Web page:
Denver has made strides in cleaning it's air but inversions still occur and trap all the crap we burn in the lower atmosphere. A big part of the brown cloud was particulate from sand spread on streets during the winter, that combined with car and truck pollution made for really bad air. Being a Trump support you likely cheer Trump's war on the EPA. Without action by the EPA Denver's air would be far dirtier than it is today. I hope the EPA works with Denver continue to work towards less pollution, especially ozone, which the Denver area is currently violating standards.
But now, the city has announced it will spend $160,000 on two pilot projects to provide 210 more storage lockers for those experiencing homelessness. Some service providers say the announcement is a move in the right direction for the city, which has found itself the subject of harsh criticism and even a federal class-action lawsuit over the enforcement of its camping ban.
Foot Locker's investment in Rockets of Awesome is part of the online retailer's $19.5 million Series C funding round. Now, Rockets of Awesome — which hasn't had much of a bricks-and-mortar presence other than a handful of pop-up shops — will be opening ministores within Kids Foot Locker locations across the country. Rockets of Awesome is also going to begin selling on Foot Locker's children's website.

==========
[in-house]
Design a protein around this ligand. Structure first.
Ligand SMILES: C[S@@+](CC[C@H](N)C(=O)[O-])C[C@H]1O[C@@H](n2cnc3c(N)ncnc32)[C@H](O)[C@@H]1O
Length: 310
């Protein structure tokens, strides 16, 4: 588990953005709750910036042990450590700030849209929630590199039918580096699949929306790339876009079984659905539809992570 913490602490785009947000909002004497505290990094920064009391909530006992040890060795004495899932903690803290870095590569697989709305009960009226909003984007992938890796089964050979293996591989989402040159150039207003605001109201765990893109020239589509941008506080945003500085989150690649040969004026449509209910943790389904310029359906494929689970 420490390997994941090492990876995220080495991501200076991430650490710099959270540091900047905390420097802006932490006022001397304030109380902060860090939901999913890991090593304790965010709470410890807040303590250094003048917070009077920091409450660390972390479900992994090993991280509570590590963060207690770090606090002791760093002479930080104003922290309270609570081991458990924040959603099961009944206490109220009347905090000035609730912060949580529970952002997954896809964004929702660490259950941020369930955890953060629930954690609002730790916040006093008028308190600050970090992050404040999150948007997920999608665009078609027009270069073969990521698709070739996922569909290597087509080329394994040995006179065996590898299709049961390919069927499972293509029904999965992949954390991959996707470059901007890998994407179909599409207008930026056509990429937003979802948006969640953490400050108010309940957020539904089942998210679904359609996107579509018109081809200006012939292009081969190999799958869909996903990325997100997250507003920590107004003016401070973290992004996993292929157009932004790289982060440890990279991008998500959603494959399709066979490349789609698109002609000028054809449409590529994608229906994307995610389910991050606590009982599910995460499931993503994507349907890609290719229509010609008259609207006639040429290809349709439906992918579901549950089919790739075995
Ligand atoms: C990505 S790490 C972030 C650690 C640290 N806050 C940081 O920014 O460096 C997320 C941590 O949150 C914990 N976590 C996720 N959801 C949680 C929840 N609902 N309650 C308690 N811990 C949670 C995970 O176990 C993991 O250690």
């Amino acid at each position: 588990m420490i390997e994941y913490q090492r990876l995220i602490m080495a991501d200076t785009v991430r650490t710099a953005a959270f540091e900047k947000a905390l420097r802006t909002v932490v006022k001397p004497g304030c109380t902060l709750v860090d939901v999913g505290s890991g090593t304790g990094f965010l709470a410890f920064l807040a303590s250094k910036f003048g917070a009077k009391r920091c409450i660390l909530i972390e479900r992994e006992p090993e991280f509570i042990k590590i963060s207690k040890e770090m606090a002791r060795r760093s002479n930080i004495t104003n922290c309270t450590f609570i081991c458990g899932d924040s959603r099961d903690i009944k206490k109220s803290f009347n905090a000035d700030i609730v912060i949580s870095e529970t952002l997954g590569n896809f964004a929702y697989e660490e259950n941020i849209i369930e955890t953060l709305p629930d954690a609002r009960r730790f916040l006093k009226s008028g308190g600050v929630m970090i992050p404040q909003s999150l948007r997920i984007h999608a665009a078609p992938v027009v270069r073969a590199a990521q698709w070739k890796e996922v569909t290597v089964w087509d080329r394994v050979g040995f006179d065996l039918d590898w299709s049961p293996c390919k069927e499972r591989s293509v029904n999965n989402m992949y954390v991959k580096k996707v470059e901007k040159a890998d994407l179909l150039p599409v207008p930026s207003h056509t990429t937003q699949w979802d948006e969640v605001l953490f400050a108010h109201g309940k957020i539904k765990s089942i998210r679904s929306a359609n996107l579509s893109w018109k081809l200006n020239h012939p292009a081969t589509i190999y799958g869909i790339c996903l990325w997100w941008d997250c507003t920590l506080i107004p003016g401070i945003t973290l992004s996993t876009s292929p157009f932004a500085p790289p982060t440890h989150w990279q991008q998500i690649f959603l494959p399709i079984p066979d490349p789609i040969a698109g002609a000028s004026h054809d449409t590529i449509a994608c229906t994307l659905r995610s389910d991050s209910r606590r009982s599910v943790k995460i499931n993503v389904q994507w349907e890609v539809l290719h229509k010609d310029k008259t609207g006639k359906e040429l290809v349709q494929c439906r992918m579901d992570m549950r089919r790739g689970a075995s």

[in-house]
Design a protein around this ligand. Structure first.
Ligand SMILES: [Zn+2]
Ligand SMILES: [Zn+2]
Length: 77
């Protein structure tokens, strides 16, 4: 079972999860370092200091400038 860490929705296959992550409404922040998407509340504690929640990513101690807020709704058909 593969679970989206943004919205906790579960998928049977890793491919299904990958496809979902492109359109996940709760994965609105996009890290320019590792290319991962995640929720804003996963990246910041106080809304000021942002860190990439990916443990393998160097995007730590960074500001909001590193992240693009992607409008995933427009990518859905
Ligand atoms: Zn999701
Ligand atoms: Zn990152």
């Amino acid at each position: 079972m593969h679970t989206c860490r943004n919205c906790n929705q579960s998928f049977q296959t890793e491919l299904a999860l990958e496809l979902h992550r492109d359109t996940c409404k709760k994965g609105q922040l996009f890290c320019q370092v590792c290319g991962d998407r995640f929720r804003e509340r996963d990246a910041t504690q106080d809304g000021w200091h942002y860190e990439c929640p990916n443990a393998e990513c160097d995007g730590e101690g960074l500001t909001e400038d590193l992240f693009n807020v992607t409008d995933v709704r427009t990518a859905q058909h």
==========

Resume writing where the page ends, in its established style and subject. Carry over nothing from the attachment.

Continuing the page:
Lockers are usually physically joined together side by side in banks, and are commonly made from steel, although wood, laminate, and plastic are other materials sometimes found. Steel lockers which are banked together share side walls, and are constructed by starting with a complete locker; further lockers may then be adding by constructing the floor, roof, rear wall, door, and just one extra side wall, the existing side wall of the previous locker serving as the other side wall of the new one. The walls, floors, and roof of lockers may be either riveted together (the more traditional method) or, more recently, welded together.